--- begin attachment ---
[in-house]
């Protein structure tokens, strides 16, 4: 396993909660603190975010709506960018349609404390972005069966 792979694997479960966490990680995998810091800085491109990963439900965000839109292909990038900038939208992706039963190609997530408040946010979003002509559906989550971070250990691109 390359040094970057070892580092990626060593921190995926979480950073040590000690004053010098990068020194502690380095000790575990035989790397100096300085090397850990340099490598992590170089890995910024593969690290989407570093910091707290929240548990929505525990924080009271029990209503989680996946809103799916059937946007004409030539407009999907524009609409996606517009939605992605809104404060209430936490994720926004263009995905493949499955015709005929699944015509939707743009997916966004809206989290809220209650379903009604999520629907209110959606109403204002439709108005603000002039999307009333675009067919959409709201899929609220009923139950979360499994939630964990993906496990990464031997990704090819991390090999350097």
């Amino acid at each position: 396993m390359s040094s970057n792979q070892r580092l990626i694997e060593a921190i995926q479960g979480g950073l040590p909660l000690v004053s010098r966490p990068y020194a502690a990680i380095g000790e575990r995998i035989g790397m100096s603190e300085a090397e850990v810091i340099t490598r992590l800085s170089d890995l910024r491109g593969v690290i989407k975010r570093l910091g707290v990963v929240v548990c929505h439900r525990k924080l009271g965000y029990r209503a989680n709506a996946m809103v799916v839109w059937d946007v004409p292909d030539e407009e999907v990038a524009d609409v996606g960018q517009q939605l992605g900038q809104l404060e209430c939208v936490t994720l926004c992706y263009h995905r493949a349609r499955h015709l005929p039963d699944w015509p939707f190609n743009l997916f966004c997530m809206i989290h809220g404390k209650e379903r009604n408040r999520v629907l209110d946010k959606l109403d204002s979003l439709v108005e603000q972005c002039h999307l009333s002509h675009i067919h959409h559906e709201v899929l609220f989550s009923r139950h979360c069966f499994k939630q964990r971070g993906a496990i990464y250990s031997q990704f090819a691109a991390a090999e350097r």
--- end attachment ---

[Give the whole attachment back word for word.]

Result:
[in-house]
């Protein structure tokens, strides 16, 4: 396993909660603190975010709506960018349609404390972005069966 792979694997479960966490990680995998810091800085491109990963439900965000839109292909990038900038939208992706039963190609997530408040946010979003002509559906989550971070250990691109 390359040094970057070892580092990626060593921190995926979480950073040590000690004053010098990068020194502690380095000790575990035989790397100096300085090397850990340099490598992590170089890995910024593969690290989407570093910091707290929240548990929505525990924080009271029990209503989680996946809103799916059937946007004409030539407009999907524009609409996606517009939605992605809104404060209430936490994720926004263009995905493949499955015709005929699944015509939707743009997916966004809206989290809220209650379903009604999520629907209110959606109403204002439709108005603000002039999307009333675009067919959409709201899929609220009923139950979360499994939630964990993906496990990464031997990704090819991390090999350097």
């Amino acid at each position: 396993m390359s040094s970057n792979q070892r580092l990626i694997e060593a921190i995926q479960g979480g950073l040590p909660l000690v004053s010098r966490p990068y020194a502690a990680i380095g000790e575990r995998i035989g790397m100096s603190e300085a090397e850990v810091i340099t490598r992590l800085s170089d890995l910024r491109g593969v690290i989407k975010r570093l910091g707290v990963v929240v548990c929505h439900r525990k924080l009271g965000y029990r209503a989680n709506a996946m809103v799916v839109w059937d946007v004409p292909d030539e407009e999907v990038a524009d609409v996606g960018q517009q939605l992605g900038q809104l404060e209430c939208v936490t994720l926004c992706y263009h995905r493949a349609r499955h015709l005929p039963d699944w015509p939707f190609n743009l997916f966004c997530m809206i989290h809220g404390k209650e379903r009604n408040r999520v629907l209110d946010k959606l109403d204002s979003l439709v108005e603000q972005c002039h999307l009333s002509h675009i067919h959409h559906e709201v899929l609220f989550s009923r139950h979360c069966f499994k939630q964990r971070g993906a496990i990464y250990s031997q990704f090819a691109a991390a090999e350097r």